Arnold Schwarzenegger ends Paparazzi mayhem

LOS ANGELES, USA – Gov. Arnold Schwarzenegger terminated the paparazzi’s reckless pursuit of film personalities with a new set of rules.

The new Paparazzi bill, brought forward by Assemblywoman Karen Basss and signed into law by Schwarzenegger this week targets photographers who endanger celebrities in their reckless pursuit of exclusive pictures. Penalties include fines and jail time for photographers that create a sense of ‘false imprisonment’, breaking traffic laws and interfering with a celebrity’s car.

Advocates of the newly signed bill included Reese Witherspoon and Jennifer Aniston, who discussed their concerns about the rapidly deteriorating environment celebrities were facing due to overzealous photographers putting them in unnecessary danger.

Many high profile public figures in the film industry feel that the paparazzi have become a nuisance and a danger with their pursuit of exclusive pictures which are often used to fabricate false celebrity gossip. Schwarzenegger’s bill signing was met with strong opposition from the publishing industry, and the California Newspaper Publishers, argued that it violates America’s first amendment. One very strong argument for the bill related to the danger the paparazzi posed when driving dangerously to get a picture. Princess Diana, who was killed in a car crash in 1997 after being hotly pursued by overzealous paparazzi was discussed. If it weren’t for the pursuit, it is likely that the driver of the car would not have over sped thus avoiding the unfortunate death of one of the world’s most iconic figures.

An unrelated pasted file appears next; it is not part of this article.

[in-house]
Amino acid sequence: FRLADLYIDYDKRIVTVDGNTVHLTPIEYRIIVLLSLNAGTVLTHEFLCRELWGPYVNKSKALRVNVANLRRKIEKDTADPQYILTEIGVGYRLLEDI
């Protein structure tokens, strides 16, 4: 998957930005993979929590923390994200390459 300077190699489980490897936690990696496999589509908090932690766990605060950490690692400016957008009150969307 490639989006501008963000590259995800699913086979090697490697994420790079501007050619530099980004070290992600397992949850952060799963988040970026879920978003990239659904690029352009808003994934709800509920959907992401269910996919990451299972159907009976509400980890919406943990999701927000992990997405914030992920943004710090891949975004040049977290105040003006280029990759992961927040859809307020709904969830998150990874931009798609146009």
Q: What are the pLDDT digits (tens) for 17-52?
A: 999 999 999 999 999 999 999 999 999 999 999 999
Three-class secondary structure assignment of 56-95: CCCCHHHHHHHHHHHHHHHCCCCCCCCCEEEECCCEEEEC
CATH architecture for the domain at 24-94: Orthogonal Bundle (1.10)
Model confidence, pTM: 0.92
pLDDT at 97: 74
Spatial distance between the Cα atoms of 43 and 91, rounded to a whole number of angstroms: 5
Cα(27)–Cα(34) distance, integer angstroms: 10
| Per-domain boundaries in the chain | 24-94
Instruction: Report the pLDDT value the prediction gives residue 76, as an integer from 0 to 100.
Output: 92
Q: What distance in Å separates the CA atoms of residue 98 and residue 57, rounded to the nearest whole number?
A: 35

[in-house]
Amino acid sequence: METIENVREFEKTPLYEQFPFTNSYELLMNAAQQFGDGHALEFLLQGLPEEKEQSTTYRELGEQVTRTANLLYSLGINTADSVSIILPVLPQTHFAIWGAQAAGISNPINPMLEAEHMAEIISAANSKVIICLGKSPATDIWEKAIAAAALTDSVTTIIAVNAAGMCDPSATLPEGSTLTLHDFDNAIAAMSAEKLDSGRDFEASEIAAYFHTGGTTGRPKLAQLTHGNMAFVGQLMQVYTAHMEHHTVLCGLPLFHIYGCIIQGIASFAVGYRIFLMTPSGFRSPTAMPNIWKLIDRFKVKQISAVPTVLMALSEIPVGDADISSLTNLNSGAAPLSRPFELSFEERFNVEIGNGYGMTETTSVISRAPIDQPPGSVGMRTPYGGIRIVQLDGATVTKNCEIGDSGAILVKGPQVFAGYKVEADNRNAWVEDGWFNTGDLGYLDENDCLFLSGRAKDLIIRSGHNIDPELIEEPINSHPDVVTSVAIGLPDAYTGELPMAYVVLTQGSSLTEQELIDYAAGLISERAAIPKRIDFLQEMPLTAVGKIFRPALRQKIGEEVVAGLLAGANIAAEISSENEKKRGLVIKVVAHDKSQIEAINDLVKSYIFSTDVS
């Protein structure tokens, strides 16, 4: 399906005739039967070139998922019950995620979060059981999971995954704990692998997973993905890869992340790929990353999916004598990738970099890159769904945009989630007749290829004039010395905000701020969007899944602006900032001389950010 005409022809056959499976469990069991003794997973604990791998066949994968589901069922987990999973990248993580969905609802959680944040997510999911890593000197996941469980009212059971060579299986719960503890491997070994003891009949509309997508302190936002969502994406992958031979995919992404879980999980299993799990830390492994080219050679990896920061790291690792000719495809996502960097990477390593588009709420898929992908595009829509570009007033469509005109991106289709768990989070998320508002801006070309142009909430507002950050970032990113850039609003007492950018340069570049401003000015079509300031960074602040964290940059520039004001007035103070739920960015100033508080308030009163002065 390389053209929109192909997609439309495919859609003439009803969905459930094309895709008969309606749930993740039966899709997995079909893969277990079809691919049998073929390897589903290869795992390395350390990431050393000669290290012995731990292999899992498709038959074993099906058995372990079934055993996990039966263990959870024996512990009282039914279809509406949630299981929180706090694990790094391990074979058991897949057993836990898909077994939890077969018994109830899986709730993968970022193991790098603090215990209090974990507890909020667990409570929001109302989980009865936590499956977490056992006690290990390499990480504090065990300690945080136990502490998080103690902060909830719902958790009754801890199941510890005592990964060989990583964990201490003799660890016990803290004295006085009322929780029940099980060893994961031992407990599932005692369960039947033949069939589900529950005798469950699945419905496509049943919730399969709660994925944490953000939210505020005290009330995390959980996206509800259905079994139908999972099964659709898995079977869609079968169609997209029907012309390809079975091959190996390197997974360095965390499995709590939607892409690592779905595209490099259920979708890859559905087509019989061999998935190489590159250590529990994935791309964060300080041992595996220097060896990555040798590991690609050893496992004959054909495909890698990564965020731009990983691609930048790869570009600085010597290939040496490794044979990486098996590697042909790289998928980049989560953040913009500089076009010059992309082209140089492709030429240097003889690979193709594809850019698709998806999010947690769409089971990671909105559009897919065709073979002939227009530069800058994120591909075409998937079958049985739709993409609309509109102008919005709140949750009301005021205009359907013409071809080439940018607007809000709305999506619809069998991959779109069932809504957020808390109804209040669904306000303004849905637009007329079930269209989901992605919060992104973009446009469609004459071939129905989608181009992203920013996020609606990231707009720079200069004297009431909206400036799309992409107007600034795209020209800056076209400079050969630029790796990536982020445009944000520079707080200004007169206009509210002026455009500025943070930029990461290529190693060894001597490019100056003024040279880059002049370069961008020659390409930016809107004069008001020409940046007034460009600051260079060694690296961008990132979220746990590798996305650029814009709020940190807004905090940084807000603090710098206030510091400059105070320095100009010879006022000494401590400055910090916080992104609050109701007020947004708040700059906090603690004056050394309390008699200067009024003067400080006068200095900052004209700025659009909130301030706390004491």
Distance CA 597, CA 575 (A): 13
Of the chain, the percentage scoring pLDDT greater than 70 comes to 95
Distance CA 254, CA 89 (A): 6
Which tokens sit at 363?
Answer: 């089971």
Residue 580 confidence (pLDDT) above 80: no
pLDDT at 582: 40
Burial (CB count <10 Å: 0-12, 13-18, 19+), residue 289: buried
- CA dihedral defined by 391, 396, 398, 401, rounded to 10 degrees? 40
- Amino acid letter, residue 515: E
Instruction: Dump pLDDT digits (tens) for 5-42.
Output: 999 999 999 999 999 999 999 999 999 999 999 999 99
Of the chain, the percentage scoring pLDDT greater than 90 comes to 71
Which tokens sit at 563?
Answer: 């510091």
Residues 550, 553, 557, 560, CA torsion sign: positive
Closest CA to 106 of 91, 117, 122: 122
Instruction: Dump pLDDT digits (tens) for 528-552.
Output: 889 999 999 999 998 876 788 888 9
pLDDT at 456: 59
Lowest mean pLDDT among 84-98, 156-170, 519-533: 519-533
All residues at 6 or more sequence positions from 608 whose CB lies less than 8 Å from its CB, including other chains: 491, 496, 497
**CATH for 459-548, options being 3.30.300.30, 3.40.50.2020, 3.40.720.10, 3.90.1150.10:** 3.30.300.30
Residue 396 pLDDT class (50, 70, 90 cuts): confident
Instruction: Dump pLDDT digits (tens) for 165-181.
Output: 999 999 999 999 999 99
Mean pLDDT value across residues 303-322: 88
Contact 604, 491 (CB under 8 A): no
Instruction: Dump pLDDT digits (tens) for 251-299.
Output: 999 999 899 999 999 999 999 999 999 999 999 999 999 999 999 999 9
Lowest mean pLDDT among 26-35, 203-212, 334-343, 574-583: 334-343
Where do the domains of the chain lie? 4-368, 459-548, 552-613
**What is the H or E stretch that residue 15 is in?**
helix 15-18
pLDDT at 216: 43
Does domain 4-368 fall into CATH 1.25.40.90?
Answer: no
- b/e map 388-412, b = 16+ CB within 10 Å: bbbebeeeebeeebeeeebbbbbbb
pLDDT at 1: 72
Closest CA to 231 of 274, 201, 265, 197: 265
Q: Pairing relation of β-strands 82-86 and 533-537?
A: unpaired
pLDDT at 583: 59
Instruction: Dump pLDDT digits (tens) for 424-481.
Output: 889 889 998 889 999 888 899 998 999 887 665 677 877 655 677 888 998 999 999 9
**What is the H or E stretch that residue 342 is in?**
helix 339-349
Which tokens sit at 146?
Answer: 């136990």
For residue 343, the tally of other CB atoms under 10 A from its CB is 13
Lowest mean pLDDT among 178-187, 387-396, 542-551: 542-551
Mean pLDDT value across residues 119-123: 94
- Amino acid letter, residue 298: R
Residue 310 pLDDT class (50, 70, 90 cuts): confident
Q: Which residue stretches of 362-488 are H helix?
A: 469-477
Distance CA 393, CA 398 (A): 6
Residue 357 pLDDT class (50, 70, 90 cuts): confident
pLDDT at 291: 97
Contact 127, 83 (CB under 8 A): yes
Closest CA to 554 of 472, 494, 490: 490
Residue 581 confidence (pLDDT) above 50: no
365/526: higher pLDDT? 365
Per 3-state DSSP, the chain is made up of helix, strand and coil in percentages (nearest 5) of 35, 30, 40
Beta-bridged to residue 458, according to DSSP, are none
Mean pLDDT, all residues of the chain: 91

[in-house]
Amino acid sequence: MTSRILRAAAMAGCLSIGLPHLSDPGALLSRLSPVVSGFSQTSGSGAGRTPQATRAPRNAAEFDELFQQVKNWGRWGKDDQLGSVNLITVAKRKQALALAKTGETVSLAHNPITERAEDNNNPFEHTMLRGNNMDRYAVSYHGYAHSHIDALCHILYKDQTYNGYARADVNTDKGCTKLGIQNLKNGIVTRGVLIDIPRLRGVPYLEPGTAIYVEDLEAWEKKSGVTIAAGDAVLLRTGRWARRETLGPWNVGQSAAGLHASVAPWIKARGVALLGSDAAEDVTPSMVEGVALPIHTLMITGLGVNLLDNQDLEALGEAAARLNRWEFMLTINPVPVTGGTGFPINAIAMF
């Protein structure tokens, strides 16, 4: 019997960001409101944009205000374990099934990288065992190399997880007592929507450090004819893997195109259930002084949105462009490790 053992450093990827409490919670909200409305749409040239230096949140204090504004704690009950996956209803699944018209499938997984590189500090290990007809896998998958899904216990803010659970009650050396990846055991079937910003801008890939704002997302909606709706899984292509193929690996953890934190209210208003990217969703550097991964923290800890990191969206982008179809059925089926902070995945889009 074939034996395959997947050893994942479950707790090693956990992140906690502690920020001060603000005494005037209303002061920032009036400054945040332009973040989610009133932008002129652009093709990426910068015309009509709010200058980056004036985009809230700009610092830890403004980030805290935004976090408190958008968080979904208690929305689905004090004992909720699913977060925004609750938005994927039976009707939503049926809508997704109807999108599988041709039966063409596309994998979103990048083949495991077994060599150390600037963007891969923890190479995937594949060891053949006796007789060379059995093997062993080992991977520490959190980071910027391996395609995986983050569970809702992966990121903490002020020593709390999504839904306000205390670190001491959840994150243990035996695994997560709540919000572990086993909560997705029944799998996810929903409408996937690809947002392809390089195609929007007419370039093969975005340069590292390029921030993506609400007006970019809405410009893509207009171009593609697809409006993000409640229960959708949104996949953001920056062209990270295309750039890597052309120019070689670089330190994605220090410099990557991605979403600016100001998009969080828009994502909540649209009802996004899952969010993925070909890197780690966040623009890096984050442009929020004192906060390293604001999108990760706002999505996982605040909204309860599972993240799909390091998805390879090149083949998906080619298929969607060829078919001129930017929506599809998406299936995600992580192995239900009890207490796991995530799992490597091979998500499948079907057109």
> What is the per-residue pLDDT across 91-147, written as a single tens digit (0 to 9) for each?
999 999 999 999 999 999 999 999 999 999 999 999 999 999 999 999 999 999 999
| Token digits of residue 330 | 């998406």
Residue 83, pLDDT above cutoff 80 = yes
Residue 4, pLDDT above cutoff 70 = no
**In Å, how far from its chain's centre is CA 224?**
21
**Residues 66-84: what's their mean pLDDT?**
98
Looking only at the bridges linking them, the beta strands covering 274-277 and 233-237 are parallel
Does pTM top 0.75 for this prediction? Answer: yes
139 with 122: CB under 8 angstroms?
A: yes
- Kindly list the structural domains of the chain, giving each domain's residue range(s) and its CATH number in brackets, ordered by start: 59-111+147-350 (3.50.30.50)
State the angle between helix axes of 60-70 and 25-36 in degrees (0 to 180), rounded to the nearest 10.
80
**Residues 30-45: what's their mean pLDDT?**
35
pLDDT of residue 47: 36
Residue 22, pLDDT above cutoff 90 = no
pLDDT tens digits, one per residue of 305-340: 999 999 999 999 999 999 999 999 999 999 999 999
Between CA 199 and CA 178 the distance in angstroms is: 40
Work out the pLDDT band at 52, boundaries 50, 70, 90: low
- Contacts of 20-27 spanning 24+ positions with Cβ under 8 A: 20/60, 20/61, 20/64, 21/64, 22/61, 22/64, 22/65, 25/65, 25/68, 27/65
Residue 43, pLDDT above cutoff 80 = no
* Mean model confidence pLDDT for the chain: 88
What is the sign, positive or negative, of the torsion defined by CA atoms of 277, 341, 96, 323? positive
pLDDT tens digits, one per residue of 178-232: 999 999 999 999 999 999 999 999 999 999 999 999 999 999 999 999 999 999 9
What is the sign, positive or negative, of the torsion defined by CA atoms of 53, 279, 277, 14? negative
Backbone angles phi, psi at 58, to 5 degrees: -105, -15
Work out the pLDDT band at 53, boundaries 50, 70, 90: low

Despite the controversy surrounding the bill, the endangerment to the wider public of reckless driving was of key importance, not just that of celebrities, who receive no special status from the bill. The new law is a wake up call to photographers who take matters into their own hands when getting their latest scoop. On the other side of the argument, the pressure of working as a paparazzi photographer often weighs in on an individual looking to pay the rent in a difficult economic climate. Paparazzi photographers rarely earn flat fees, and work for commissions only.

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